Helsingin Sanomat, Finland’s main newspaper, ran my op-ed on wireless access on Sunday. The paper had previously quoted the mayor of Helsinki, who claimed that the city doesn’t need a municipal network. The mayor’s line prompted a response from a reader, Susanna Mukkila, who argued that the Finnish state should construct the networks. I wanted to flesh this point out a bit further. Here’s a quick translation of my comment.
Wireless Networks Create a Basis for Growth
Susanna Mukkila (HS 8.8.) suggests that the construction wireless networks should be funded with tax money. In light of history, the suggestion is wise.
Finland gained a lead in wireless because the state-owned operator Tele built the first mobile networks here. Meanwhile, the mobile communications industry got off to a wobbly start in the U.S. as the public sector lacked the will and the instruments to invest in network infrastructure.
Finns could concentrate on innovating texting culture, while in the market-driven U.S. it made no sense to keep the mobile phone on, as the network coverage was spotty and the receiving party paid.
Now there is a disruption going on in the telecommunications industry. People are calling and messaging each other for free on the internet. This is destructive to the teleoperators, but for innovations that spur economic growth, it’s not such a bad thing.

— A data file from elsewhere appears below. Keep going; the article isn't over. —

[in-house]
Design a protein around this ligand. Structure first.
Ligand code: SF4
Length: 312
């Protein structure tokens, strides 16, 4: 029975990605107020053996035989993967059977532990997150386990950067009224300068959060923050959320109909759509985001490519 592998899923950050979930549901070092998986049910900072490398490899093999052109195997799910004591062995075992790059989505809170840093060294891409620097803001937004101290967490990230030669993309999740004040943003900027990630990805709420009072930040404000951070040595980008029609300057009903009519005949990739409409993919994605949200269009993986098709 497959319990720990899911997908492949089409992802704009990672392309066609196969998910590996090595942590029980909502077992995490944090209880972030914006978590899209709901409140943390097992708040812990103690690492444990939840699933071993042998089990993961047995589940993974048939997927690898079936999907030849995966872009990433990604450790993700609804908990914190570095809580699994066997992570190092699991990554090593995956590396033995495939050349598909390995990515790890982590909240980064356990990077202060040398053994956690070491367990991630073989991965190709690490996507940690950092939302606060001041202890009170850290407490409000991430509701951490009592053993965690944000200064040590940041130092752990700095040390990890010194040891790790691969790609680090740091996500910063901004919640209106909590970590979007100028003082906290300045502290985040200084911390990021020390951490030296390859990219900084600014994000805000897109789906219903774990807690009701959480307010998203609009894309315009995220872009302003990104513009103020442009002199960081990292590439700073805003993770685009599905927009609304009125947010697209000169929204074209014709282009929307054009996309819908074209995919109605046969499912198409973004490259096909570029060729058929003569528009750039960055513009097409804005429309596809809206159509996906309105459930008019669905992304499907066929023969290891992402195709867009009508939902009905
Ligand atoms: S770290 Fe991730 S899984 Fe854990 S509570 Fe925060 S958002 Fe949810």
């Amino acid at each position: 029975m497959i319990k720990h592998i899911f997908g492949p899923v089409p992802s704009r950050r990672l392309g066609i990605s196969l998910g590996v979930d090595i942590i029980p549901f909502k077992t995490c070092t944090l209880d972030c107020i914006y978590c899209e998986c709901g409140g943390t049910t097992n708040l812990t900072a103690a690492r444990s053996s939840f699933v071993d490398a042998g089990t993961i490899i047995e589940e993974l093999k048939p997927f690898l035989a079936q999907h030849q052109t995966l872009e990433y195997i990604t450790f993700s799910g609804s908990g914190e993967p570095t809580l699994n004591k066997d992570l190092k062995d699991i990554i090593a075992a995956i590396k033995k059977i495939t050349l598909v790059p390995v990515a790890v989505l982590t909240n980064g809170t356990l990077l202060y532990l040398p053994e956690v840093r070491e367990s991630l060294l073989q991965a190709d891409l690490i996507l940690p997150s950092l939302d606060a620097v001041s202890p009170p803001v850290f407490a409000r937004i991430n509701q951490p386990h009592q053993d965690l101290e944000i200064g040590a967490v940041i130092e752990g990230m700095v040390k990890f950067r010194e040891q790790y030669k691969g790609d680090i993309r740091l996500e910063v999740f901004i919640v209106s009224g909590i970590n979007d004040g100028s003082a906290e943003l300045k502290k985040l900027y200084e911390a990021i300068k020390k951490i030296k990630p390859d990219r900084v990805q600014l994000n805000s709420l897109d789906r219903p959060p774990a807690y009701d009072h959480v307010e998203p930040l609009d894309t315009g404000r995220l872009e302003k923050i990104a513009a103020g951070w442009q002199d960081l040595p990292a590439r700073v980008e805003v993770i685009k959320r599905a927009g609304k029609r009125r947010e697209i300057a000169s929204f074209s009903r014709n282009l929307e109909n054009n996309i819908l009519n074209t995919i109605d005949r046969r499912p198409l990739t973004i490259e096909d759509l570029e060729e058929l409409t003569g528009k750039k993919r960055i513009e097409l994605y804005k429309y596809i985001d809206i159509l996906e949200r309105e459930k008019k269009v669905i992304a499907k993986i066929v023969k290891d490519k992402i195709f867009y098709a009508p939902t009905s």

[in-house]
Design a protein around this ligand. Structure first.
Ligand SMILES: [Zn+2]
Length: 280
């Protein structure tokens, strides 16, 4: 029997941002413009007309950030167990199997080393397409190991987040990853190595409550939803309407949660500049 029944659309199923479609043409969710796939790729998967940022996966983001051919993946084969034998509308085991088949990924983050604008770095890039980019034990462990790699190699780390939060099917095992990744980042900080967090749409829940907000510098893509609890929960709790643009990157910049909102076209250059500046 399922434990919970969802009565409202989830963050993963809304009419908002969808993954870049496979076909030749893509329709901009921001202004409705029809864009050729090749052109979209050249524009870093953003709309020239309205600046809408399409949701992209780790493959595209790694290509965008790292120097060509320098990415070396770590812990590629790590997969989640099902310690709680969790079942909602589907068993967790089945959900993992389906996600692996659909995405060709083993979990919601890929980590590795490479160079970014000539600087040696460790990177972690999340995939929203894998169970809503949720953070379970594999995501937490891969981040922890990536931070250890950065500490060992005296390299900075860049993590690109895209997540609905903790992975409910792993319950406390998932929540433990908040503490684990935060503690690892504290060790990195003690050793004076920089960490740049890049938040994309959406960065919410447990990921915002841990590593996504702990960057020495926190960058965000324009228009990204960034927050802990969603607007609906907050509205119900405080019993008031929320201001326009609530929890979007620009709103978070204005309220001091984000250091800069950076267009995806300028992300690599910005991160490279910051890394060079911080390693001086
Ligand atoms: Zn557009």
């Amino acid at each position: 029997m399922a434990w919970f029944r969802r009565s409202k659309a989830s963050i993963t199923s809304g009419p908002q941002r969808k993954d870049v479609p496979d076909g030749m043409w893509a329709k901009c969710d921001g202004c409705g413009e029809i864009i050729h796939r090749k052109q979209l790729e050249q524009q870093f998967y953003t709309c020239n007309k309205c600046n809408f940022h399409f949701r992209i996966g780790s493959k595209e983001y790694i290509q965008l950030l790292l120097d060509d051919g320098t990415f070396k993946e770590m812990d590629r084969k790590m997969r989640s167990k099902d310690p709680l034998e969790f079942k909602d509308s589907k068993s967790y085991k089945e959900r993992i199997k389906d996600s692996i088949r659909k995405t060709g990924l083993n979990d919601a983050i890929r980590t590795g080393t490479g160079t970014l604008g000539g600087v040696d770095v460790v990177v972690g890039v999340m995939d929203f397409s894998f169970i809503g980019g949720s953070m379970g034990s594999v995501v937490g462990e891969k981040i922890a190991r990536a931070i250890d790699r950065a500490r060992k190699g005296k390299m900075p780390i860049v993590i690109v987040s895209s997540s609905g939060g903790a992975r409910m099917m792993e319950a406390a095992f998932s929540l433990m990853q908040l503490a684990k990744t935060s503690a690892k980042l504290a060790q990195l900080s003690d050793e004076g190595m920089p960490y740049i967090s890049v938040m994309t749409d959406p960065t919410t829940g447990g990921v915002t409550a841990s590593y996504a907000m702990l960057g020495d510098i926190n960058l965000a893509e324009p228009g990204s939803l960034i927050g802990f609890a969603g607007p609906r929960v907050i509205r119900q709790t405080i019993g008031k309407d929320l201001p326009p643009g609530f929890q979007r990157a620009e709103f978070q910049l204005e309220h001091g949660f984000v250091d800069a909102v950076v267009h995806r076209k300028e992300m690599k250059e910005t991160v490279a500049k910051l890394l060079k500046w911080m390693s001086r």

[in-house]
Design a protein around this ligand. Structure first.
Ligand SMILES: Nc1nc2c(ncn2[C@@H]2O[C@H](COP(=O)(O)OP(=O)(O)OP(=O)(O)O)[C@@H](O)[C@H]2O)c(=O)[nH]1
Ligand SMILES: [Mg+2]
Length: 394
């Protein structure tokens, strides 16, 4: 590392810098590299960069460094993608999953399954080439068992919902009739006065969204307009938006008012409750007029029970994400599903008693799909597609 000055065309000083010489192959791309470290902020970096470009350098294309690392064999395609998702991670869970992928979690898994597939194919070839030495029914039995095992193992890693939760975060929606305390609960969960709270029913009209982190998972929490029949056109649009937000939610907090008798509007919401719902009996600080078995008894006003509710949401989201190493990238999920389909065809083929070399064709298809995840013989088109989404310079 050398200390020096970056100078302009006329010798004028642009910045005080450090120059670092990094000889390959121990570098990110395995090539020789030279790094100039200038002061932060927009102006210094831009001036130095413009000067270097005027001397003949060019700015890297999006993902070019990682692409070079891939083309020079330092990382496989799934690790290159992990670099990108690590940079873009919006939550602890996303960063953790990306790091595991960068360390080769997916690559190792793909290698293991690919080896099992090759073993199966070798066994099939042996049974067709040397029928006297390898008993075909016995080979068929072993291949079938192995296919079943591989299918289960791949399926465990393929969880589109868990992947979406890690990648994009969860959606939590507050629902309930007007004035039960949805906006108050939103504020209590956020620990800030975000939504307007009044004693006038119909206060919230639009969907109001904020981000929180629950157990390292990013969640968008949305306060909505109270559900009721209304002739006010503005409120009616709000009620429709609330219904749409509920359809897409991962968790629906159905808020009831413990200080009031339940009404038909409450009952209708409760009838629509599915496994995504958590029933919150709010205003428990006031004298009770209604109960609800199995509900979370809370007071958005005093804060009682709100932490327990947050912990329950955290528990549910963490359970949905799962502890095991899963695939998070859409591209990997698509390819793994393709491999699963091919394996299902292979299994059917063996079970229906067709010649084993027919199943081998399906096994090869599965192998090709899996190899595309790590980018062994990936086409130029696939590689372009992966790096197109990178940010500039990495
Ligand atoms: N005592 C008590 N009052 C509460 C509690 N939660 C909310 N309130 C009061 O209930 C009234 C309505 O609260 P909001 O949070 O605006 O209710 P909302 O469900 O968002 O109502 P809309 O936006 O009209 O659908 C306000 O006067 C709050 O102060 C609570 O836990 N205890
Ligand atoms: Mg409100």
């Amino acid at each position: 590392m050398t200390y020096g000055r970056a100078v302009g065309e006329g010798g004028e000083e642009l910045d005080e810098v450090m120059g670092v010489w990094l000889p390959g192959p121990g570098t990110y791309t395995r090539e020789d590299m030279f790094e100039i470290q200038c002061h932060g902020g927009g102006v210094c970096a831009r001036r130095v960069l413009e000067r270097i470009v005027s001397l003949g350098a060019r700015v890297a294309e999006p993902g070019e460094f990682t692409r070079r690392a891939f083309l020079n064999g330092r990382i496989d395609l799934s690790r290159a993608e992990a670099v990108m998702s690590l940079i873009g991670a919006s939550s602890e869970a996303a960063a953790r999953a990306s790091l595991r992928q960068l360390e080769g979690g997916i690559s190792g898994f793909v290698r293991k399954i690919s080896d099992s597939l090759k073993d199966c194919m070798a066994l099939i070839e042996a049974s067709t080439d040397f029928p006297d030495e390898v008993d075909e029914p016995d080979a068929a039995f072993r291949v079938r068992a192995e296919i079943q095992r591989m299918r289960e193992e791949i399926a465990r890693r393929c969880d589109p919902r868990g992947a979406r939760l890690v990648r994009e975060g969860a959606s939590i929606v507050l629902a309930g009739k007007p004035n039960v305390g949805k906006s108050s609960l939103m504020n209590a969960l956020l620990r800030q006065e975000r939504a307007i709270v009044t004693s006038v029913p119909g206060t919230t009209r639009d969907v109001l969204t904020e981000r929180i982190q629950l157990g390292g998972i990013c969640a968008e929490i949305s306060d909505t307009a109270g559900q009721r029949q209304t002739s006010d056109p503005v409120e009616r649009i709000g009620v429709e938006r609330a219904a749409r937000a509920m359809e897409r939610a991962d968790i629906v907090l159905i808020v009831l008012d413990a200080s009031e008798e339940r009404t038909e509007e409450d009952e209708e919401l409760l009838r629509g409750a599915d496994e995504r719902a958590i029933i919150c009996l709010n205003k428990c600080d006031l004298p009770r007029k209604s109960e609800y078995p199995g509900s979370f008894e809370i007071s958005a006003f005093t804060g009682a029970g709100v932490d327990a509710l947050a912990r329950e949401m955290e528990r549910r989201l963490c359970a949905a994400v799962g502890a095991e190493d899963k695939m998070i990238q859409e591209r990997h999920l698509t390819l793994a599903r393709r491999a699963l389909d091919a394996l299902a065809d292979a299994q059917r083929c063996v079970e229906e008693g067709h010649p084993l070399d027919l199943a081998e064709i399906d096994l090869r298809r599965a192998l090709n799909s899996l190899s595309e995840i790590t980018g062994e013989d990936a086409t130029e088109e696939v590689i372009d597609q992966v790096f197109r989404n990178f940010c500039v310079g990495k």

As the cost of access drops, the spending on content actually increases. One would think the money flowed into Hollywood, but it doesn’t.
Few people are willing to pay for ready-made content online. Instead, millions are subscribing to services created by new growth companies, that make it possible to self-publish photos, music playlists, and keep a blog for instance.
Many believe that the rapid spreading of Wi-Fi is a factor that helps to explain the growing popularity of these services. The industry agrees that wireless broadband will be an even more important driver of growth in the future.
History tends to repeat itself. New services spring up where consumers have terminals; and there is an incentive to buy terminals where an affordable, reliable network is in operation.
This has been noted not only by Finnish cities who offer a Wi-Fi network, such as Oulu and Lahti, but also by some Americans – wisened by their mistake?
For instance, Gavin Newsom, the mayor of San Francisco, promised in his speech: “We won’t stop until every San Franciscan has access to a free wireless internet service.”
Helsinki has know-how. It can offer a wireless network through its energy company, like many other Nordic cities have done, if it so chooses.
It can also collaborate with commercial operators, manage the network infrastructure, and let the operators handle the services.
If Helsinki doesn’t acknowledge its strengths, its position as the pioneer of wireless culture and economy becomes questionable to say the least.
It’s nice to see the comment published… but can anyone tell me what the drawing is trying to communicate?